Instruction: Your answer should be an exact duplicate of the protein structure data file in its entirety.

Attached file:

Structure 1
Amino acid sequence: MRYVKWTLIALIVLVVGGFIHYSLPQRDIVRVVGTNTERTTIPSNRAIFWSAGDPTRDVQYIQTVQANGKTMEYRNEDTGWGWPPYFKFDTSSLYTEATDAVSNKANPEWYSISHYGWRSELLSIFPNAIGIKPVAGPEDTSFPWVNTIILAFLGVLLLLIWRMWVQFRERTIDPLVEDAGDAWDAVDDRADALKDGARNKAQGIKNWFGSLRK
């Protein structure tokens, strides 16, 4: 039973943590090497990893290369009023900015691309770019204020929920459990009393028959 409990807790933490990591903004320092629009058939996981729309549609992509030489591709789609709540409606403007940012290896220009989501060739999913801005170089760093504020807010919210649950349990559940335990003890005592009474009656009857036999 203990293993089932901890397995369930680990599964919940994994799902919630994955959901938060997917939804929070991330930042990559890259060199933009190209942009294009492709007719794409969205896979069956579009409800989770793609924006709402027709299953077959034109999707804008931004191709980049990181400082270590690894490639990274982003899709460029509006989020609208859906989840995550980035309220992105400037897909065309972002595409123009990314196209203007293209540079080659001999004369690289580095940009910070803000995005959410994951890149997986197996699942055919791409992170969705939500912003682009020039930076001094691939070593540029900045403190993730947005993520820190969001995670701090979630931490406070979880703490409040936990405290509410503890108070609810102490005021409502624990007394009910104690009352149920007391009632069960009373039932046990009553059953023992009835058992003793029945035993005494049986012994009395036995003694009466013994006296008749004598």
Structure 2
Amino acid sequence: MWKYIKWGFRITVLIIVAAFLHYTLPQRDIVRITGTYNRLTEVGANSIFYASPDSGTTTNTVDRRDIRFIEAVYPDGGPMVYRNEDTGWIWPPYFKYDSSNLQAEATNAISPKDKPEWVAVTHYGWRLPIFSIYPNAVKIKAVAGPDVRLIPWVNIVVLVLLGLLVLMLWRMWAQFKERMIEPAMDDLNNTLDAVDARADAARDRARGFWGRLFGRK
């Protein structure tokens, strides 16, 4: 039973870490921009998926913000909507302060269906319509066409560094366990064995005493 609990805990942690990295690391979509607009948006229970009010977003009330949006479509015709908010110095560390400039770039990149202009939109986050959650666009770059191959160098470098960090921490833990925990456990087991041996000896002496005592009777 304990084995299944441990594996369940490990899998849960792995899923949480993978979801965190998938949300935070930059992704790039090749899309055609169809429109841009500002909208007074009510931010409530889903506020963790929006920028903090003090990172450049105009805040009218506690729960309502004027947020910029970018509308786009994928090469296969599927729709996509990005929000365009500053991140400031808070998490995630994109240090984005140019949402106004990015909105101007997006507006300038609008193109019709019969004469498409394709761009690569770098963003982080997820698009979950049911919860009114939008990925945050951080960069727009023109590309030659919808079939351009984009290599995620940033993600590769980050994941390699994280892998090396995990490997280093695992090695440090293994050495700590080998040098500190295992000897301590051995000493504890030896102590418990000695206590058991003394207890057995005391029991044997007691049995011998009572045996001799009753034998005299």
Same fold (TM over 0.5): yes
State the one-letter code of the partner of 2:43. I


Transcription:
Structure 1
Amino acid sequence: MRYVKWTLIALIVLVVGGFIHYSLPQRDIVRVVGTNTERTTIPSNRAIFWSAGDPTRDVQYIQTVQANGKTMEYRNEDTGWGWPPYFKFDTSSLYTEATDAVSNKANPEWYSISHYGWRSELLSIFPNAIGIKPVAGPEDTSFPWVNTIILAFLGVLLLLIWRMWVQFRERTIDPLVEDAGDAWDAVDDRADALKDGARNKAQGIKNWFGSLRK
């Protein structure tokens, strides 16, 4: 039973943590090497990893290369009023900015691309770019204020929920459990009393028959 409990807790933490990591903004320092629009058939996981729309549609992509030489591709789609709540409606403007940012290896220009989501060739999913801005170089760093504020807010919210649950349990559940335990003890005592009474009656009857036999 203990293993089932901890397995369930680990599964919940994994799902919630994955959901938060997917939804929070991330930042990559890259060199933009190209942009294009492709007719794409969205896979069956579009409800989770793609924006709402027709299953077959034109999707804008931004191709980049990181400082270590690894490639990274982003899709460029509006989020609208859906989840995550980035309220992105400037897909065309972002595409123009990314196209203007293209540079080659001999004369690289580095940009910070803000995005959410994951890149997986197996699942055919791409992170969705939500912003682009020039930076001094691939070593540029900045403190993730947005993520820190969001995670701090979630931490406070979880703490409040936990405290509410503890108070609810102490005021409502624990007394009910104690009352149920007391009632069960009373039932046990009553059953023992009835058992003793029945035993005494049986012994009395036995003694009466013994006296008749004598």
Structure 2
Amino acid sequence: MWKYIKWGFRITVLIIVAAFLHYTLPQRDIVRITGTYNRLTEVGANSIFYASPDSGTTTNTVDRRDIRFIEAVYPDGGPMVYRNEDTGWIWPPYFKYDSSNLQAEATNAISPKDKPEWVAVTHYGWRLPIFSIYPNAVKIKAVAGPDVRLIPWVNIVVLVLLGLLVLMLWRMWAQFKERMIEPAMDDLNNTLDAVDARADAARDRARGFWGRLFGRK
């Protein structure tokens, strides 16, 4: 039973870490921009998926913000909507302060269906319509066409560094366990064995005493 609990805990942690990295690391979509607009948006229970009010977003009330949006479509015709908010110095560390400039770039990149202009939109986050959650666009770059191959160098470098960090921490833990925990456990087991041996000896002496005592009777 304990084995299944441990594996369940490990899998849960792995899923949480993978979801965190998938949300935070930059992704790039090749899309055609169809429109841009500002909208007074009510931010409530889903506020963790929006920028903090003090990172450049105009805040009218506690729960309502004027947020910029970018509308786009994928090469296969599927729709996509990005929000365009500053991140400031808070998490995630994109240090984005140019949402106004990015909105101007997006507006300038609008193109019709019969004469498409394709761009690569770098963003982080997820698009979950049911919860009114939008990925945050951080960069727009023109590309030659919808079939351009984009290599995620940033993600590769980050994941390699994280892998090396995990490997280093695992090695440090293994050495700590080998040098500190295992000897301590051995000493504890030896102590418990000695206590058991003394207890057995005391029991044997007691049995011998009572045996001799009753034998005299």
Same fold (TM over 0.5): yes
State the one-letter code of the partner of 2:43. I